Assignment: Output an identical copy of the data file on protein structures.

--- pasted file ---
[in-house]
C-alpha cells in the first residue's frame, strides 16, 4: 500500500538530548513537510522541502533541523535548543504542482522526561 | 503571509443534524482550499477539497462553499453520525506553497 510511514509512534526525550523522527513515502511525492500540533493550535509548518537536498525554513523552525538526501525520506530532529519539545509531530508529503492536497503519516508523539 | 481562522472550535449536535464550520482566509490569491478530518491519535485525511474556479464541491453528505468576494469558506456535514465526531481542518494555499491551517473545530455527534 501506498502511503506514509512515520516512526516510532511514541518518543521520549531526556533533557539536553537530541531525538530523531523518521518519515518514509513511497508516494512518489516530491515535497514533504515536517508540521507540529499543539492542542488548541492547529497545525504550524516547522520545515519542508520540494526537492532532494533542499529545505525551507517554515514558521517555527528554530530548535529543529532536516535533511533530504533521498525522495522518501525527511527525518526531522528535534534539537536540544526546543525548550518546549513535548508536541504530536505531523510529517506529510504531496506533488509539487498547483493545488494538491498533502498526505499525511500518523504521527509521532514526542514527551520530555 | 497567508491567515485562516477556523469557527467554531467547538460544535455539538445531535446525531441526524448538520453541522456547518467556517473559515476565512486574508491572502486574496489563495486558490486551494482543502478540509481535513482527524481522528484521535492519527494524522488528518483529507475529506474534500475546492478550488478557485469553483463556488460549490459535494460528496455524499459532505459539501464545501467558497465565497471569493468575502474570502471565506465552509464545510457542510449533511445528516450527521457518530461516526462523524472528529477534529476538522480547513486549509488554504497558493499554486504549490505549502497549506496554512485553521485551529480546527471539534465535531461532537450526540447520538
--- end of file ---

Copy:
[in-house]
C-alpha cells in the first residue's frame, strides 16, 4: 500500500538530548513537510522541502533541523535548543504542482522526561 | 503571509443534524482550499477539497462553499453520525506553497 510511514509512534526525550523522527513515502511525492500540533493550535509548518537536498525554513523552525538526501525520506530532529519539545509531530508529503492536497503519516508523539 | 481562522472550535449536535464550520482566509490569491478530518491519535485525511474556479464541491453528505468576494469558506456535514465526531481542518494555499491551517473545530455527534 501506498502511503506514509512515520516512526516510532511514541518518543521520549531526556533533557539536553537530541531525538530523531523518521518519515518514509513511497508516494512518489516530491515535497514533504515536517508540521507540529499543539492542542488548541492547529497545525504550524516547522520545515519542508520540494526537492532532494533542499529545505525551507517554515514558521517555527528554530530548535529543529532536516535533511533530504533521498525522495522518501525527511527525518526531522528535534534539537536540544526546543525548550518546549513535548508536541504530536505531523510529517506529510504531496506533488509539487498547483493545488494538491498533502498526505499525511500518523504521527509521532514526542514527551520530555 | 497567508491567515485562516477556523469557527467554531467547538460544535455539538445531535446525531441526524448538520453541522456547518467556517473559515476565512486574508491572502486574496489563495486558490486551494482543502478540509481535513482527524481522528484521535492519527494524522488528518483529507475529506474534500475546492478550488478557485469553483463556488460549490459535494460528496455524499459532505459539501464545501467558497465565497471569493468575502474570502471565506465552509464545510457542510449533511445528516450527521457518530461516526462523524472528529477534529476538522480547513486549509488554504497558493499554486504549490505549502497549506496554512485553521485551529480546527471539534465535531461532537450526540447520538